3. Abolition of Phased Manufacturing Programmes: Devaluation of currency and increasing FDI led government to liberalise local content requirement for indigenous firms.

4. MRTP Act: MRTP Act has been amended to remove the threshold limits of assets in respect of MRTP companies and dominant undertakings. The new industrial policy also states that the government will undertake review of the existing public enterprises in low technology, small-scale and non-strategic areas. Sick units will be referred to the Board for Industrial and Financial Reconstruction for advice about rehabilitation and reconstruction. For enterprises remaining in the public sector it is stated that they will be provided a much greater degree of management autonomy through the system of Memorandum of Understanding (MOU).

5. Free Entry to Foreign Investment and Technology: The Government is committed to promote increased flow of Foreign Direct Investment (FDI) for better technology, modernisation, exports and for providing products and services of international standards.

6. Industrial Location Policy Liberalised: The new industrial policy provides that in locations other than cities of more than 1 million populations, there will be no requirement of obtaining industrial approvals from the centre, except for industries subject to compulsory licensing.

7. Removal of Mandatory Convertibility Clause: A large part of industrial investment in India is financed by loans from banks and financial institutions. These institutions have followed a mandatory practice of including a convertibility clause in their lending operations for new projects.

Impact of Government Policy Changes (New Industrial Policy, 1991) on Business and Industry

1.    Increasing competition: As a result of changes in the rules of industrial licensing and entry of foreign firms, competition for Indian firms has increased especially in service industries like telecommunications, airlines, banking, insurance, etc. which were earlier in the public sector.

2.    More demanding customers: Customers today have become more demanding because they are well-informed. Increased competition in the market gives the customers wider choice in purchasing better quality of goods and services.

3.    Rapidly changing technological environment: Increased competition forces the firms to develop new ways to survive and grow in the market. New technologies make it possible to improve machines, process, products and services. The rapidly changing technological environment creates tough challenges before smaller firms.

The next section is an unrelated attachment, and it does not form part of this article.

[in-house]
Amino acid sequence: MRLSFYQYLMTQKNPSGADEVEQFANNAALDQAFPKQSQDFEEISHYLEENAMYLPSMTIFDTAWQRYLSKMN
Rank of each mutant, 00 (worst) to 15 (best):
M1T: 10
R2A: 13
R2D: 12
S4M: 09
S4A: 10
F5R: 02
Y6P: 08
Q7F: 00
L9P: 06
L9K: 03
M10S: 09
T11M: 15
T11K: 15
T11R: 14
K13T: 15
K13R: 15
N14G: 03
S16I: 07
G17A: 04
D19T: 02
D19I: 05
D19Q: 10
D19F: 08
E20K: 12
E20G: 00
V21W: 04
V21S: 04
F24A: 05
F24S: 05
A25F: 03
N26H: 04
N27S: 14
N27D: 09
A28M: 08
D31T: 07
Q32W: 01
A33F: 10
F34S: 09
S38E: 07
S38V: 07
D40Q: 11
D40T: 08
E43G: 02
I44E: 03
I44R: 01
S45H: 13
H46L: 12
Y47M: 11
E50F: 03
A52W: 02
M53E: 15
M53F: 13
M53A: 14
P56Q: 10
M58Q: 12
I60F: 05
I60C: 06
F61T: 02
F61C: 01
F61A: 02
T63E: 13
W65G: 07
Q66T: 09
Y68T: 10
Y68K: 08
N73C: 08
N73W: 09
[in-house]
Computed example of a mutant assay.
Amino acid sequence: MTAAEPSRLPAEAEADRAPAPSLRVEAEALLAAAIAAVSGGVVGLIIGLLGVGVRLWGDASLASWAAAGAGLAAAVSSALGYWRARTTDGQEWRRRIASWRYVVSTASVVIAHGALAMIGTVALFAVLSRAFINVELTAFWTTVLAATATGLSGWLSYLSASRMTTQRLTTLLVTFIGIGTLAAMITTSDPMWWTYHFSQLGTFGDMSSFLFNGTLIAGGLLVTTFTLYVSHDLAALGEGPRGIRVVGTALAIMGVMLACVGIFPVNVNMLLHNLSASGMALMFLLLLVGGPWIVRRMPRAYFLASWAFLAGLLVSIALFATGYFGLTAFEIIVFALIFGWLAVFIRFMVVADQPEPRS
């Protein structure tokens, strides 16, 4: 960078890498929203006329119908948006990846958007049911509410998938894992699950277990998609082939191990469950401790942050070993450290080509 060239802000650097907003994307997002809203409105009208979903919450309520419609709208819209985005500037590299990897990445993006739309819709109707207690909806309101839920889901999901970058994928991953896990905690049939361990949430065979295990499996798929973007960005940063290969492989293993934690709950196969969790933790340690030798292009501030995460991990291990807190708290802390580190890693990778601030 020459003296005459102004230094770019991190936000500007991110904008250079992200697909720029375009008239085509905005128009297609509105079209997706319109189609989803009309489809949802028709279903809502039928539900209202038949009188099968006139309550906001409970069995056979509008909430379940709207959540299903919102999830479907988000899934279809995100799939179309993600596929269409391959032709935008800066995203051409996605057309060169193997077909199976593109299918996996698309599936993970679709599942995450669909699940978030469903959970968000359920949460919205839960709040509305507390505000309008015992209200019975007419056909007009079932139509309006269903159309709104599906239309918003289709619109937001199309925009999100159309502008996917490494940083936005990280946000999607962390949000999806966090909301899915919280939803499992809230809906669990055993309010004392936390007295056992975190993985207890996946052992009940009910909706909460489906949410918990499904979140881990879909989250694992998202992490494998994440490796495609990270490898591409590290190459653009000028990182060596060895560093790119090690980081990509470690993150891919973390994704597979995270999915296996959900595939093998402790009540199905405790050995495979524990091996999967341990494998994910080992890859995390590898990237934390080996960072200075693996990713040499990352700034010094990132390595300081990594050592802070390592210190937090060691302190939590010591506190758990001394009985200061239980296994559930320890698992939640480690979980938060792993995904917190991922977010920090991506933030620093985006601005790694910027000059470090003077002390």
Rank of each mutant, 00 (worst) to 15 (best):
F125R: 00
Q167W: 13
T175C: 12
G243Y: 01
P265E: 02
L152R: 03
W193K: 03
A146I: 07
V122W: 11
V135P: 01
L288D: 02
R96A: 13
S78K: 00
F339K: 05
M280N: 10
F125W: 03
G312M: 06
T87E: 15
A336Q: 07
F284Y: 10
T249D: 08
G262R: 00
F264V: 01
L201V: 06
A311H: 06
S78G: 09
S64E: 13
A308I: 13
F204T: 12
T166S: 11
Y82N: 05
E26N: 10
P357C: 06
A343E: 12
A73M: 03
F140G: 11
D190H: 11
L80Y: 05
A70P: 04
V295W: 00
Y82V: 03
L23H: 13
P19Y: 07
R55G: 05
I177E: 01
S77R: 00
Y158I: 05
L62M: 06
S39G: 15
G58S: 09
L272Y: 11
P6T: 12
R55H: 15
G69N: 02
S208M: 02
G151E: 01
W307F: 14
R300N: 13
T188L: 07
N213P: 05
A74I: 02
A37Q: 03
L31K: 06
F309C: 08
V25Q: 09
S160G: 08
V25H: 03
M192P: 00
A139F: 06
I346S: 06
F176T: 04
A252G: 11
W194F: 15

4.    Necessity for change: In a regulated environment of pre-1991 era, the firms could have relatively stable policies and practices. After 1991, the market forces have become turbulent as a result of which the enterprises have to continuously modify their operations.

5.    Threat from MNC Massive entry of multi nationals in Indian marker constitutes new challenge. The Indian subsidiaries of multi-nationals gained strategic advantage. Many of these companies could get limited support in technology from their foreign partners due to restrictions in ownerships. Once these restrictions have been limited to reasonable levels, there is increased technology transfer from the foreign partners

LPG Model - Liberalization, Privatisation and Globalization

Liberalization

Liberalization Meaning

The economic reforms that were introduced were aimed at liberalizing the Indian business and industry from all unnecessary controls and restrictions. They indicate the end of the license-permit-quota raj. Liberalization of the Indian industry has taken place with respect to:

a)    Abolishing licensing requirement in most of the industries except a short list,

b)    Freedom in deciding the scale of business activities i.e., no restrictions on expansion or contraction of business activities,

c)    Removal of restrictions on the movement of goods and services,

d)    Freedom in fixing the prices of goods services,

e)    Reduction in tax rates and lifting of unnecessary controls over the economy,

f)     Simplifying procedures for imports and experts, and

g)    Making it easier to attract foreign capital and technology to India.

Advantages of Liberalisation

Liberalisation can well be considered an investment in the future financial well-being of a nation. It helps the banking industry as a whole by providing:

1. Increased financial flexibilities of firms.

2. Reduced transaction costs.

3. Improved allocation efficiency.

4. Attraction of new capital to financial intermediaries.

5. Stronger and more competitive banking institutions.

6. Better and diversified portfolios.

7. More effective conduct of monetary policy.

8. Meaningful competition in banking services by allowing greater role to private sector and foreign banks.

9. Technological up-gradation of banks through wide use of computers and modern communication systems.

10. Removing major regulatory impediments to profitable working of banks.

11. Relaxation in the regulations covering foreign investment and foreign exchange.

12. Easy access to foreign capital.

Problems with Liberalisation